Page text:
What is Aphantasia
While most of us do have an inner monologue, not everybody hears their own voice or has an inner narrator. Experts aren’t sure why this is, but there is a theory that it could be down to how the dorsal stream develops. This is basically the language tract within the brain.

Aphantasia  is the inability to voluntarily create mental images in one's mind. The phenomenon was first described by Francis Galton in 1880. It occurs when you are blind in your mind. 
The reason I am sharing this information in this lesson is because I was mentoring a young woman who was unorganized and have difficulty planning. I learned after guiding her to plan her day in her mind and experience being organized and productive that she couldn't do it. I further asked her to visualize herself accomplishing her goals. Completing her tasks and celebrating the small wins. It was during our conversations about including affirmations in her daily dialogue with herself that I learned that she doesn't have self-talk.

Aphantasia is a phenomenon in which people are unable to visualize imagery. While most people are able to conjure an image of a scene or face in their minds, people with aphantasia cannot.
Imagine that it is a warm summer day and you are sitting on the side of a swimming pool. The sun is shining down and there are children laughing and splashing in the water. What sort of images do you see in your mind as you think about this scene?

If you have aphantasia, you may be unable to visualize any type of image in your head. Aphantasia is believed to be rare, affecting an estimated 1% to 3% of the population.
These individuals have no "mind's eye," or their imagination is essentially blind. This ability to visualize events and images plays an important part in people's lives.
People often visualize scenes, people, experiences, imaginings, objects, and planned events, among other things. When you think about a friend, for example, you might immediately visualize their face inside your mind. People with aphantasia are unable to visualize such a mental image.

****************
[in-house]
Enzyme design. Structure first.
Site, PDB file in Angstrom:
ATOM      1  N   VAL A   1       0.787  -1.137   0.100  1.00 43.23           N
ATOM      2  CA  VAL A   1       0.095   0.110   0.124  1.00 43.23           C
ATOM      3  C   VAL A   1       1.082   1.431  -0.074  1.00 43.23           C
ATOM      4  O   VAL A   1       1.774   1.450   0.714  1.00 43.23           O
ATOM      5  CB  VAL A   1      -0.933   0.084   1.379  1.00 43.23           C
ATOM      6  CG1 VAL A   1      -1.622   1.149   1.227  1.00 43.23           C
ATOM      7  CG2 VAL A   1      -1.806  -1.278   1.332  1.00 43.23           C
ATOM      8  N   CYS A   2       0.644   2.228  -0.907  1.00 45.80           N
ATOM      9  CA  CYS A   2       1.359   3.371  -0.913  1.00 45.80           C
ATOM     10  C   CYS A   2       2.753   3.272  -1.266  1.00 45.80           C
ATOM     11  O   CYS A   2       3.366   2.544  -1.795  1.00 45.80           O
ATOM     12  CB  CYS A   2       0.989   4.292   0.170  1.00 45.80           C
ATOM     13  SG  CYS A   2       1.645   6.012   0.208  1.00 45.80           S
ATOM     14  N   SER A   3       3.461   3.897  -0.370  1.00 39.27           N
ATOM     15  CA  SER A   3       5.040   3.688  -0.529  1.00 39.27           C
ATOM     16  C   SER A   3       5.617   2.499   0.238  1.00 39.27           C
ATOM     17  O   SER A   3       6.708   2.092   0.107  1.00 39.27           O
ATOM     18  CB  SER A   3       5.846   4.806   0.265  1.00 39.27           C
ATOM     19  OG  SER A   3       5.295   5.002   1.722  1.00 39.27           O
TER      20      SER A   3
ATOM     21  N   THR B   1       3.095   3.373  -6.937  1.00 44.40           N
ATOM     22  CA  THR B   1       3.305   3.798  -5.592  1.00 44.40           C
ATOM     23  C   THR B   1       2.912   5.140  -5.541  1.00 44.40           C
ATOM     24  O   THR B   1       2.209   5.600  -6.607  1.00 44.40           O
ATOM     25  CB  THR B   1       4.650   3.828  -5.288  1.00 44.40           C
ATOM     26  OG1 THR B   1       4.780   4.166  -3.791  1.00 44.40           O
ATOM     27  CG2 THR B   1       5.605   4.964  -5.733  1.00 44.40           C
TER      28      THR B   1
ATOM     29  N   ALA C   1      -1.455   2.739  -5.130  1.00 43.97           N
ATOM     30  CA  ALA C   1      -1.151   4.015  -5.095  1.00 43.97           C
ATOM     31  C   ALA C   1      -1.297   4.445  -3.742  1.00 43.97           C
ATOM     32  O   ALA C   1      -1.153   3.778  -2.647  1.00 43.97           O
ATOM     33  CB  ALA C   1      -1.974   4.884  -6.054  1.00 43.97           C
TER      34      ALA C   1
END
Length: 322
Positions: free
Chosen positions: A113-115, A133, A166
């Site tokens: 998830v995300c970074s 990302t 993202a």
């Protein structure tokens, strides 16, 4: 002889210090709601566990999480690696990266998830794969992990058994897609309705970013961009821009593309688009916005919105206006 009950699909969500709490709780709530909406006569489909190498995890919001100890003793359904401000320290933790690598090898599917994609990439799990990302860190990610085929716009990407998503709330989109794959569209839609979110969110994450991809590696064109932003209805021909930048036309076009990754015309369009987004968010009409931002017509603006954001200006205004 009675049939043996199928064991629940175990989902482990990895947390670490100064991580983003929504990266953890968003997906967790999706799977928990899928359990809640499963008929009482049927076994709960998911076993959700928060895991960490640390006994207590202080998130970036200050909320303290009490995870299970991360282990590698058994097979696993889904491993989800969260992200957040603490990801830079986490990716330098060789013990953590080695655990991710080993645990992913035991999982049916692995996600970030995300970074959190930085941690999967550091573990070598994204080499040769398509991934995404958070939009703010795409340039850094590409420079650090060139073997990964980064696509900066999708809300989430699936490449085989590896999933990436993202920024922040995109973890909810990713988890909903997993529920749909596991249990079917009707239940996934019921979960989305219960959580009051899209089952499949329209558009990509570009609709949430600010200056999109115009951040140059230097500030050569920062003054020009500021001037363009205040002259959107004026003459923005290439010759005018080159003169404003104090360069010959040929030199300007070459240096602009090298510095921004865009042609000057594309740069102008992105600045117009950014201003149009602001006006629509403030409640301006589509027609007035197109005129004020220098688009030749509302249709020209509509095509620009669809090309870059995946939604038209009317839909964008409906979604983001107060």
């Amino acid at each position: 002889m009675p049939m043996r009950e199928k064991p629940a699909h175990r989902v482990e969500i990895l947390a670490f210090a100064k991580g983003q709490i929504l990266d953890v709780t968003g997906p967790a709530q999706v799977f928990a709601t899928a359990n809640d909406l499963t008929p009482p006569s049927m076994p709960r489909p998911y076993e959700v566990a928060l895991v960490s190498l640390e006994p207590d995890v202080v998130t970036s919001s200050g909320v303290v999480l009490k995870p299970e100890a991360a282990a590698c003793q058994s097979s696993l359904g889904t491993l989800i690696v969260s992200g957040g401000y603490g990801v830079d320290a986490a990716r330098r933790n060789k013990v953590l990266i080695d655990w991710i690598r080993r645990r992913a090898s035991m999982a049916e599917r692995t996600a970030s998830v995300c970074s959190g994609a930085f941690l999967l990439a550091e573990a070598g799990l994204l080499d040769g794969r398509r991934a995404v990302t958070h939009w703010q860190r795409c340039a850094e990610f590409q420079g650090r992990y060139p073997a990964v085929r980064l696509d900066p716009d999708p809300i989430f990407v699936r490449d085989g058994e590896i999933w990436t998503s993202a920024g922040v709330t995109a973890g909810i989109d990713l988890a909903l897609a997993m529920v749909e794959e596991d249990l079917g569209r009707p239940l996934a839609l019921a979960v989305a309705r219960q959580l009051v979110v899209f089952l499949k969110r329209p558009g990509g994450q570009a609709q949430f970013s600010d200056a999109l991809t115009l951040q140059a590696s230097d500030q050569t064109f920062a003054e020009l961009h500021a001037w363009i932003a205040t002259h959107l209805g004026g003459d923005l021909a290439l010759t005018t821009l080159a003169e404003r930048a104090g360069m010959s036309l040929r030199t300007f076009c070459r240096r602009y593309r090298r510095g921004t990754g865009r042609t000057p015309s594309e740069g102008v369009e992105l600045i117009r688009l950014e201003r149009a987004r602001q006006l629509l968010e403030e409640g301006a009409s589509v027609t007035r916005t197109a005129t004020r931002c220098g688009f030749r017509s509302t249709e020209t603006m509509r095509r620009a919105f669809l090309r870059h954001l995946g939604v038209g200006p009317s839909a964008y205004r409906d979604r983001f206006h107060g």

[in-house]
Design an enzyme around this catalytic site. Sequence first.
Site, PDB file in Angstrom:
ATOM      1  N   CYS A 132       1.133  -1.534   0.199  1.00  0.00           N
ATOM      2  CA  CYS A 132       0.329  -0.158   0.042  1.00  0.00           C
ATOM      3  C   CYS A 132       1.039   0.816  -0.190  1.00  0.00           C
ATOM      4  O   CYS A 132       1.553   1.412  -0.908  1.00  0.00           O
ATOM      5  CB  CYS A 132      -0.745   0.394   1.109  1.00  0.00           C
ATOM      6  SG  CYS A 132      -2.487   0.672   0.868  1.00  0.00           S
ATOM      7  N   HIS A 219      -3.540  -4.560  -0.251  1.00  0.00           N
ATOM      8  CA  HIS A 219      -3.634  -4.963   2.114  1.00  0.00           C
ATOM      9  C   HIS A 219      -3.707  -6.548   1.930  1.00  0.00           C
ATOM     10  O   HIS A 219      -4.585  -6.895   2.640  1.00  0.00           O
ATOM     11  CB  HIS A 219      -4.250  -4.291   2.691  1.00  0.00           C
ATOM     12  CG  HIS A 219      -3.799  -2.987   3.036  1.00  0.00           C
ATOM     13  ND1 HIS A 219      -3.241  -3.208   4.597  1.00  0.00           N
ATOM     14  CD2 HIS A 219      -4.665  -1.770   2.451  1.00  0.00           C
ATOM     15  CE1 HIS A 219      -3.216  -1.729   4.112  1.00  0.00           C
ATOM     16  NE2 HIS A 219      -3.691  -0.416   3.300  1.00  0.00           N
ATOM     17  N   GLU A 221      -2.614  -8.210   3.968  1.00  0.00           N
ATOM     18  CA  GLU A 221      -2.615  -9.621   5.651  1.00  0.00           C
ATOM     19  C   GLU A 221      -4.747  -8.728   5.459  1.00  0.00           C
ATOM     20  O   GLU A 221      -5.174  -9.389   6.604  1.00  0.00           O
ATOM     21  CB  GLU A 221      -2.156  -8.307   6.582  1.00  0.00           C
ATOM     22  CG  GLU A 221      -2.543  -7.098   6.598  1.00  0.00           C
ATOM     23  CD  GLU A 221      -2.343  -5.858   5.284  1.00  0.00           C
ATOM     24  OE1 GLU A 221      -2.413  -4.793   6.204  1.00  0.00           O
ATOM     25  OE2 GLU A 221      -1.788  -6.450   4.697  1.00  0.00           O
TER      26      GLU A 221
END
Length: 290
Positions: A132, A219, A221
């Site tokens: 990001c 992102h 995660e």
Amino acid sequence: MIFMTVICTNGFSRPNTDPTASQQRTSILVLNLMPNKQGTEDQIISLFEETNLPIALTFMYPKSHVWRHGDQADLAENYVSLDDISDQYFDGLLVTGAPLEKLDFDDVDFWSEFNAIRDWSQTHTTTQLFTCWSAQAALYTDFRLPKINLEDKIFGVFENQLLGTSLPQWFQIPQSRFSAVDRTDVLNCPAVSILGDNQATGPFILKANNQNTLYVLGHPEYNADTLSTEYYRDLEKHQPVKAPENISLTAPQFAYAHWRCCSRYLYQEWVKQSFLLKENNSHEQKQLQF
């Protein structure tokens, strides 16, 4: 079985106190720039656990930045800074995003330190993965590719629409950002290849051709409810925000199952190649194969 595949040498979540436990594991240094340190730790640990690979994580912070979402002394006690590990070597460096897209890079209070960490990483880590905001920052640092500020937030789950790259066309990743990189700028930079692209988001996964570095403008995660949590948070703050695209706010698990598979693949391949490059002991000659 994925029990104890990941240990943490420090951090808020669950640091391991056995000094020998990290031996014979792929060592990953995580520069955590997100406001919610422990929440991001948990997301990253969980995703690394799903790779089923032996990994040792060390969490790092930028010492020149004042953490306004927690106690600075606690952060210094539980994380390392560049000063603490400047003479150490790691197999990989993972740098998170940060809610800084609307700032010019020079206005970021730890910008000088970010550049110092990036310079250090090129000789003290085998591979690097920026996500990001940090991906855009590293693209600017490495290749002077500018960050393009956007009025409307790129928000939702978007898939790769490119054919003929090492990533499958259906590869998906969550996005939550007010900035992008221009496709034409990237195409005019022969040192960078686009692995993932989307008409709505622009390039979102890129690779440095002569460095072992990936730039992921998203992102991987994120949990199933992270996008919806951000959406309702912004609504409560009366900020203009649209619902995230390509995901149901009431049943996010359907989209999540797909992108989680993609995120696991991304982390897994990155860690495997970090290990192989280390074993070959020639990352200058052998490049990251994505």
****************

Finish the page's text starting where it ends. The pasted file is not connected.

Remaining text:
If you were to ask a person with aphantasia to imagine something, they could likely describe the object, explain the concept, and rattle off facts that they know about the object. But they would not be able to experience any sort of mental image to accompany this knowledge.

Living With Aphantasia

Not being able to visualize people and places can be distressing for people with aphantasia. For example, not being able to picture the face of a loved one who has passed away can be upsetting.

The available studies suggest that having aphantasia does not necessarily hurt a person's success in life. People from all walks of life experience this phenomenon, including successful doctorate students, engineers, and other professionals.
It is important to note that this phenomenon is a normal variation of human experience, not a condition that requires treatment. 

This doesn’t mean that it might not have an effect on different aspects of your life, however. Mental imagery also plays a role in learning, so not being able to visualize scenes in your mind may make certain aspects of learning more difficult.

A number of questions remain about this phenomenon, including just how prevalent it may be and whether it might have a genetic component.

By Kendra Cherry on Very Well Mind
Medically reviewed by Shaheen Lakhan, MD, PhD, FAAN